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HANSA 10-2020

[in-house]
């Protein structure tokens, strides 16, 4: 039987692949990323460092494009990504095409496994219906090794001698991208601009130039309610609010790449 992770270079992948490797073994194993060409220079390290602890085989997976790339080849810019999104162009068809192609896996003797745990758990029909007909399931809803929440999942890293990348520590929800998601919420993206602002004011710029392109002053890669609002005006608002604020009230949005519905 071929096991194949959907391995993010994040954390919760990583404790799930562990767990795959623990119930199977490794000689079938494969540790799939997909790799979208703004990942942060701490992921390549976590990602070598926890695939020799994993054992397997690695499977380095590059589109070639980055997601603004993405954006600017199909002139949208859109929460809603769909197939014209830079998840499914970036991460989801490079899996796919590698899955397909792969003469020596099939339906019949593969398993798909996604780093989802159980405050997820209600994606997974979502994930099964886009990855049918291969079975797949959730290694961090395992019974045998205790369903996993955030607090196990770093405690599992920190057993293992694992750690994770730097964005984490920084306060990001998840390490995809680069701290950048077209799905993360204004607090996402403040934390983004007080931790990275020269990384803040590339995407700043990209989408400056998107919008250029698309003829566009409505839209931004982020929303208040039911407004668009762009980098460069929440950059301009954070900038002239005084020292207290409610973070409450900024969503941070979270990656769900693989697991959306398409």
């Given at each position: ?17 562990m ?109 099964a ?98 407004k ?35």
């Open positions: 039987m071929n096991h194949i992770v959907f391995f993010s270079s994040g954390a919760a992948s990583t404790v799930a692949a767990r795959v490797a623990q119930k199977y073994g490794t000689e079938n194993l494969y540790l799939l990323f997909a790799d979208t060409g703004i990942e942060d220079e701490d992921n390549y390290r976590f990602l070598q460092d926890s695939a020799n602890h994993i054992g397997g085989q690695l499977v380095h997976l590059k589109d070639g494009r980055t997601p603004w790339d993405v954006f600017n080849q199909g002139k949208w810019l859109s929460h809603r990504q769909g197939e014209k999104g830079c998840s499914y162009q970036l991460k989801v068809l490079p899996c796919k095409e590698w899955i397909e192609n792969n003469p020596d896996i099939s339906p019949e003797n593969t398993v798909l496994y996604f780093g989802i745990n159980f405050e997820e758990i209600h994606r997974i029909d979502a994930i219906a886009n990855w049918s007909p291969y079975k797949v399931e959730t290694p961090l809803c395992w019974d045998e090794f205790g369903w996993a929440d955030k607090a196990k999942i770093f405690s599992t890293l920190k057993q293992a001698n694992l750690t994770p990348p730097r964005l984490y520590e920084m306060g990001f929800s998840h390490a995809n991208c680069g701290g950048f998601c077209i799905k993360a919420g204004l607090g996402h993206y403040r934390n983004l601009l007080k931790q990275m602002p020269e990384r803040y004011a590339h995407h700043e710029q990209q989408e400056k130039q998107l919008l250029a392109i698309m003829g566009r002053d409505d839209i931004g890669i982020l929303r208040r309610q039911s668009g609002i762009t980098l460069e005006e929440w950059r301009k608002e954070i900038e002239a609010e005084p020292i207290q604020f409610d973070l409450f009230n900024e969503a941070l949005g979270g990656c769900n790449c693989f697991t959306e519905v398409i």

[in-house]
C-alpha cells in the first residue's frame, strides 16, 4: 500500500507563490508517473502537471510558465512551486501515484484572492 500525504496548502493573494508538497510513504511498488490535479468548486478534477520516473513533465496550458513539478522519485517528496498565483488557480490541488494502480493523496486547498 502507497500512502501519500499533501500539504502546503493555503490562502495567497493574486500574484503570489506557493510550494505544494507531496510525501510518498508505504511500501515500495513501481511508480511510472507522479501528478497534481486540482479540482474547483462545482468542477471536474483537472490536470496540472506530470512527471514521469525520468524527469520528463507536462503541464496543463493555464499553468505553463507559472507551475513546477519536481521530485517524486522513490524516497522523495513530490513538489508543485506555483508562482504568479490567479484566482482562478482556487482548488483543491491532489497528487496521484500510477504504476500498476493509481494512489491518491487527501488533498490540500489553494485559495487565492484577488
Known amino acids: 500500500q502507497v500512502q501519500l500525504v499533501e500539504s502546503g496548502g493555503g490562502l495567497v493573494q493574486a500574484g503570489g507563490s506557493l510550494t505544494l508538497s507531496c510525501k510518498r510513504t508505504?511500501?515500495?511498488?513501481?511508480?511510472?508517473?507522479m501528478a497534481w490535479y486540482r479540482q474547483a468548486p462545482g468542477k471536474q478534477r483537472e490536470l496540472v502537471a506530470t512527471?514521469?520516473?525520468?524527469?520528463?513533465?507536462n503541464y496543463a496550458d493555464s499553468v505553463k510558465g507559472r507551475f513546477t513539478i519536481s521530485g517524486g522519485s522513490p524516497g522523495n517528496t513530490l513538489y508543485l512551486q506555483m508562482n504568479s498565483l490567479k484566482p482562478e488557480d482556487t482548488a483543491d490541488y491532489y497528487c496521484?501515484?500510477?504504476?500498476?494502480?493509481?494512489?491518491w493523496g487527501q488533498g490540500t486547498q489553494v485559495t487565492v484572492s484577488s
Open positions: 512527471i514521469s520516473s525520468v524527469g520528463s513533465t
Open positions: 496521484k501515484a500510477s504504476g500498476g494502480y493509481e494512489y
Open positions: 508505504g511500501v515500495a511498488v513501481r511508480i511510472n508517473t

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Märkte | Markets